Then the Master of Uxbridge snapped, genially, but ordered, none-the-less, “I fear that I am still uncomfortable on my feet for too long.
“Matlock, get yourself off. I would speak with Mrs. Wickham, but I need to sit. As yours is the only other seat up for bids, I declare the auction closed! Mrs. Wickham will join me. Only those of us who have marched to the drum need be here right now for a bit of private conversation. General…you may stay.
“The rest of you: begone.
“Maybe Miss Darcy might turn her mind to some lighter Scottish airs.”
Lydia smiled her thanks at the Earl of Matlock who grinned back at her as if he was in possession of some great secret.
The Marquess adjusted his seat, grimacing as he was forced to reach down to slide his right boot into alignment with his missing knee. Four years after that June afternoon and his stump was still bothering him. Lingering pain aside, he was proud of his fully-articulated prosthetic limb. With the knee joint unlocked and pantaloons—the modern styles were much to his taste—draped outside of his boot uppers, he could sit in company without anyone being forced to notice his amputation.
Three pairs of eyes were riveted by his bluff yet comfortable demeanor, awaiting whatever pronouncement he would make.
“You know, Mrs. Wickham,” the great man intoned, “I have made it a study of mine to explore what makes men behave bravely. Those musings also, I am convinced, allow me to comprehend what turns their bowels to water.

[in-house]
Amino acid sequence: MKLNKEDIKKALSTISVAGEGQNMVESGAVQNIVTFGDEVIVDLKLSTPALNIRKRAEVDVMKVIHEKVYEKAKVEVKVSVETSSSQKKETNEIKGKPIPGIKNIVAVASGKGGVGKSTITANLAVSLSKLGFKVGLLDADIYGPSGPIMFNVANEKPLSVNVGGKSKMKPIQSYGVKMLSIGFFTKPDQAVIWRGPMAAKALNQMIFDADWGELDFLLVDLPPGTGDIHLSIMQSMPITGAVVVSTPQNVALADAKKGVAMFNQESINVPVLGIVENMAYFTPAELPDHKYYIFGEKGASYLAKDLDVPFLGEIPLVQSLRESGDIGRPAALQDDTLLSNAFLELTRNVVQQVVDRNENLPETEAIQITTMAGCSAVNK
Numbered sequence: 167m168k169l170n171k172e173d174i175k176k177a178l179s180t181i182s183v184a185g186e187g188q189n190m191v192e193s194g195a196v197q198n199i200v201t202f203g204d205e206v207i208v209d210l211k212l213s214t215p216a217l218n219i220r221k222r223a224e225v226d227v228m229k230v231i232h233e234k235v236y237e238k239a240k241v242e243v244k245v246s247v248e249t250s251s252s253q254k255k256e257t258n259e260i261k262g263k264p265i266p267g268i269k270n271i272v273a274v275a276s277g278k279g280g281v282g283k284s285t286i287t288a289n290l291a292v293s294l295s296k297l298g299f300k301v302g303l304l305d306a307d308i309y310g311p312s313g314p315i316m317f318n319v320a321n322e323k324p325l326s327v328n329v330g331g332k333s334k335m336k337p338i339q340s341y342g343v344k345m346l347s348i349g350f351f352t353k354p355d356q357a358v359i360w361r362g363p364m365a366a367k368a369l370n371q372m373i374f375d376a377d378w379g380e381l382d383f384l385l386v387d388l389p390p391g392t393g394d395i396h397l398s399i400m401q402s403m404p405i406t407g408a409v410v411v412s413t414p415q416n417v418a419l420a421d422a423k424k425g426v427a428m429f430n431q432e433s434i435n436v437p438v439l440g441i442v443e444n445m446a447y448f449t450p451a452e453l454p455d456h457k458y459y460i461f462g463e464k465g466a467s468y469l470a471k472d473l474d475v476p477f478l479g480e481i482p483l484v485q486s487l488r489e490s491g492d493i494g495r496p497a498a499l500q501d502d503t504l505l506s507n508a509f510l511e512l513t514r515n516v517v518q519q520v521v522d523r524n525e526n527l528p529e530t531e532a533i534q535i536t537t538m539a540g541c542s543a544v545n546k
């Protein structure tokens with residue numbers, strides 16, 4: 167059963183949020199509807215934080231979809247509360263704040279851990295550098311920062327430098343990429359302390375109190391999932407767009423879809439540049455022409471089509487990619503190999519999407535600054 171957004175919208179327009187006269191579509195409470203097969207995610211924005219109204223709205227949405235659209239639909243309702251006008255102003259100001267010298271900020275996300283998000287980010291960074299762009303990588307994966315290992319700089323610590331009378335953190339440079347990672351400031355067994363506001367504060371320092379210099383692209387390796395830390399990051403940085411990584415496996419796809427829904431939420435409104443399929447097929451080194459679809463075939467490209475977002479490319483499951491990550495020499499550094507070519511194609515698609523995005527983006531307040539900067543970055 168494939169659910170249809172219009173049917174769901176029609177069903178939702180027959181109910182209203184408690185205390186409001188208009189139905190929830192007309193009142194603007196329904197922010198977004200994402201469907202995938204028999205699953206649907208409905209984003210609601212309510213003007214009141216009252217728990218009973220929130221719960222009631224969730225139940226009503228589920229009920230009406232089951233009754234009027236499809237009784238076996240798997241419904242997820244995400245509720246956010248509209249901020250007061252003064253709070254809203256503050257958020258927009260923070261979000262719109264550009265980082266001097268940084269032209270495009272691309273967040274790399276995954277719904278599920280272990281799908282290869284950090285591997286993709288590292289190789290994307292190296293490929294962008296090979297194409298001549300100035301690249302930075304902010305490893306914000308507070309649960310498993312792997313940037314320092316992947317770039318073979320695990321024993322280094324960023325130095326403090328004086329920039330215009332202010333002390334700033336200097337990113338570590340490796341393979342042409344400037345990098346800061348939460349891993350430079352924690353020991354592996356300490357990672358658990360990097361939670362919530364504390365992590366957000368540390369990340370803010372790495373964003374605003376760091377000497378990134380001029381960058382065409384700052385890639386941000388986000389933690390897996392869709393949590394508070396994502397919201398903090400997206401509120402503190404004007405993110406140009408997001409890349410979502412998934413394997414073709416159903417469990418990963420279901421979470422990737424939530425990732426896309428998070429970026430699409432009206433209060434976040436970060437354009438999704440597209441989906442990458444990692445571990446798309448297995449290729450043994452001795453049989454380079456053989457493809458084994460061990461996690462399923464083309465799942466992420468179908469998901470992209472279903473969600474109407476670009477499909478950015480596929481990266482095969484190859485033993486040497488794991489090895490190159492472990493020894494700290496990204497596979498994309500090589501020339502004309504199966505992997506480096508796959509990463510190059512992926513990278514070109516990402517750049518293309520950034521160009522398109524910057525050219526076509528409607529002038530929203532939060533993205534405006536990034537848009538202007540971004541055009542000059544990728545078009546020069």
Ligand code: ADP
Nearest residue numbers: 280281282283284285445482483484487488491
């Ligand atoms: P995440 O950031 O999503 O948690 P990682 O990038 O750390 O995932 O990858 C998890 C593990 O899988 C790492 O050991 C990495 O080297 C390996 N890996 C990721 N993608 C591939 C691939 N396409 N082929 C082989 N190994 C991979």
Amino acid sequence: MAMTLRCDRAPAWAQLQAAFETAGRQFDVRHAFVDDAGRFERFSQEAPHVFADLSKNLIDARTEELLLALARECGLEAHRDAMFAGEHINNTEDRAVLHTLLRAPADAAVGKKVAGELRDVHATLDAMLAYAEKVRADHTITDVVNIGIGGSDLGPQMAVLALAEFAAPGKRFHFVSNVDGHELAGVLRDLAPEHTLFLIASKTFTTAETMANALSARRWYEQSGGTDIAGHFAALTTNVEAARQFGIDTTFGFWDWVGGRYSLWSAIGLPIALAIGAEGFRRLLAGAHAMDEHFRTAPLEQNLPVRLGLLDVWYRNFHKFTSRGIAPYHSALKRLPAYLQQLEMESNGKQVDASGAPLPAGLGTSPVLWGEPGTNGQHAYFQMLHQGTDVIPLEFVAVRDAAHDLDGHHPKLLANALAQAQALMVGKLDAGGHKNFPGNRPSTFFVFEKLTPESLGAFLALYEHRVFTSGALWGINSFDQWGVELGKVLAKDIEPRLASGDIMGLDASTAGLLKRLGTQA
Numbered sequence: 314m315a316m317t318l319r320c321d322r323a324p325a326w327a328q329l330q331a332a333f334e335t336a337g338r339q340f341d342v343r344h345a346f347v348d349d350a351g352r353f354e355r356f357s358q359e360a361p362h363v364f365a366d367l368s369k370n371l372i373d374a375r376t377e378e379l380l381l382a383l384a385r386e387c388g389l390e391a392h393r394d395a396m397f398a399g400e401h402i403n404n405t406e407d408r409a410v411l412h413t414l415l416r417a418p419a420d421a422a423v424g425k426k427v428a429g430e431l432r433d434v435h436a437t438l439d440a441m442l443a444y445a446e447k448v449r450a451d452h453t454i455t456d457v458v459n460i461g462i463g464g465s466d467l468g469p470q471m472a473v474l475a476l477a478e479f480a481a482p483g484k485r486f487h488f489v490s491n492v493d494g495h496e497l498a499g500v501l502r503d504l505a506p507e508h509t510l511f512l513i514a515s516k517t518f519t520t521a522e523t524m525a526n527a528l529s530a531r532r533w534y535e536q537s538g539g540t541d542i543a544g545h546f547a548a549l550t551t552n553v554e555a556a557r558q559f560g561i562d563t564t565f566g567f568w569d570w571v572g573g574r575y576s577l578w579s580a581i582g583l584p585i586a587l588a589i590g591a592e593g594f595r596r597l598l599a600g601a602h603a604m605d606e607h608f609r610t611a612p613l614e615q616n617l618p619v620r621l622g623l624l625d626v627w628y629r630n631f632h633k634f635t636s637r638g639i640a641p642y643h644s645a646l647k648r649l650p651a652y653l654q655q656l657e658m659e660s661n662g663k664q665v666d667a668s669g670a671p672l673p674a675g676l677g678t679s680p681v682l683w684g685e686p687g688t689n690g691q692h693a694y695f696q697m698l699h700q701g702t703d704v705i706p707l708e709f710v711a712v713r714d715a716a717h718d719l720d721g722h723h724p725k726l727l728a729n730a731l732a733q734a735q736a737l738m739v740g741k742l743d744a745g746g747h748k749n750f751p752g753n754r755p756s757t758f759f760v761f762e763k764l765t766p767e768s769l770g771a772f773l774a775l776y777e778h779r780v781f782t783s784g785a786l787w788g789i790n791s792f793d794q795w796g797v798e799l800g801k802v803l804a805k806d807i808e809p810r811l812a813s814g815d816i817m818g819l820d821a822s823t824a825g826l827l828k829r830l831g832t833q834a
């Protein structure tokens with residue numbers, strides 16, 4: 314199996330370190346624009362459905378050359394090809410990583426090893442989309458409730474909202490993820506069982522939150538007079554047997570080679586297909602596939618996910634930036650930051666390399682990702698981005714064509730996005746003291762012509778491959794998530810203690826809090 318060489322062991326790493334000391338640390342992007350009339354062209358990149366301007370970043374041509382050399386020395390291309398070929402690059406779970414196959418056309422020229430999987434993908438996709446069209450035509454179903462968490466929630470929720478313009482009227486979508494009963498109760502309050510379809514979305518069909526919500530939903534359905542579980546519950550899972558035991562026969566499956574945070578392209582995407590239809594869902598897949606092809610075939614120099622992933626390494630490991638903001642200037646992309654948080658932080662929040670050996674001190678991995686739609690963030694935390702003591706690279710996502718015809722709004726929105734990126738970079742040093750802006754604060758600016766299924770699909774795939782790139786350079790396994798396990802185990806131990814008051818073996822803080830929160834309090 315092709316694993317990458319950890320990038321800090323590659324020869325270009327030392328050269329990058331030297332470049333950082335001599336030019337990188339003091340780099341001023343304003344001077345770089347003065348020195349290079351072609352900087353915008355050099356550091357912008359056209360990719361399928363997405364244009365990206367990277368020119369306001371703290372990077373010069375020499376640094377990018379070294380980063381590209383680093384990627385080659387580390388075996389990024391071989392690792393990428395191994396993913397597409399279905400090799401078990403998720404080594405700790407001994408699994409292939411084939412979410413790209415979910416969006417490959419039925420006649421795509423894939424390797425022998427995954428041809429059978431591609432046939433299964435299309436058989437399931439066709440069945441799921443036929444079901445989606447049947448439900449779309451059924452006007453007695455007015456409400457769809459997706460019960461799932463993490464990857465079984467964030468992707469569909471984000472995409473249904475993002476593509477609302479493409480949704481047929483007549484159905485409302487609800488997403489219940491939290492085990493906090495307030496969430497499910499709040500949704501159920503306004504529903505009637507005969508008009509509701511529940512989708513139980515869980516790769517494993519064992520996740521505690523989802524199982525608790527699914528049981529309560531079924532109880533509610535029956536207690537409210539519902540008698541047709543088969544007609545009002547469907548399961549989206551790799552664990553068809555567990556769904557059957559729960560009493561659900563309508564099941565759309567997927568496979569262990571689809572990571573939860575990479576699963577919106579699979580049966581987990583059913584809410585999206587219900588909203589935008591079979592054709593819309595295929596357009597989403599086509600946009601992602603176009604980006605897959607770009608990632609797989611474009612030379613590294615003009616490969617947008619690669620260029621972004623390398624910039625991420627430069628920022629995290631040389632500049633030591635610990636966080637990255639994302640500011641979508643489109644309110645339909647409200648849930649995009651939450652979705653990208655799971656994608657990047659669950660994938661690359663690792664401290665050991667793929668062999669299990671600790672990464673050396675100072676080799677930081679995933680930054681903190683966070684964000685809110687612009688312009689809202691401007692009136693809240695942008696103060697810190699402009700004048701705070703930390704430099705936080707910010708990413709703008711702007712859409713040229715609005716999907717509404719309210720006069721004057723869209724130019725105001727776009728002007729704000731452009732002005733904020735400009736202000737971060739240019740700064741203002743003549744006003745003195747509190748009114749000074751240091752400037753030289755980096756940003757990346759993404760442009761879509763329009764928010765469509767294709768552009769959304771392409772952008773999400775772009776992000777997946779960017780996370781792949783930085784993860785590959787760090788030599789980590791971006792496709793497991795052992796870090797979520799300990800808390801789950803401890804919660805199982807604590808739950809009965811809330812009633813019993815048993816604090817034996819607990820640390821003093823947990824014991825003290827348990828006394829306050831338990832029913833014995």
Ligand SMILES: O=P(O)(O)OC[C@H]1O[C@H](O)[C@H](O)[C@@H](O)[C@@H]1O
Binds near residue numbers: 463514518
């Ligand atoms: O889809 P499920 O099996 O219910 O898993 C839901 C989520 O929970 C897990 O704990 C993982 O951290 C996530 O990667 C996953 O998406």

“You have offered up an interesting conundrum. You see, men would have it that they are the sole repositories of courage, ignoring, of course, Queens Judith and Boadicea. All too often, these self-same deep thinkers seek to ascribe the success of our greatest monarch, Elizabeth, to Drake or Exeter or Salisbury rather than to her political genius and ability to make the people believe in her cause.
“You, my good woman, have reminded me, no all of us, through your selfless act of saving General Fitzwilliam that resolve is neither defined by the color of the uniform nor whether a uniform is worn at all.
“Brave acts may be committed by the young or the very old. Here you are, a lady of but three-and-twenty, yet you acted without fear.
“You have also shown that one can do one’s duty without reference to the body within which the bravest of hearts resides.
“You have destroyed the myth that only men can commit daring acts and reverse the flow of history.”
By this point, Lydia was blushing fiercely, and she averted her eyes as Paget’s praise flowed deeply around her.
She made to demur, saying, “My Lord, I would wish that you would temper your compliments. They are undeserved by me. I acted without thinking, not heroically, like you who sat in the line of fire [that June] afternoon. I honestly can remember little of what happened on St. Peter’s Field this past August.”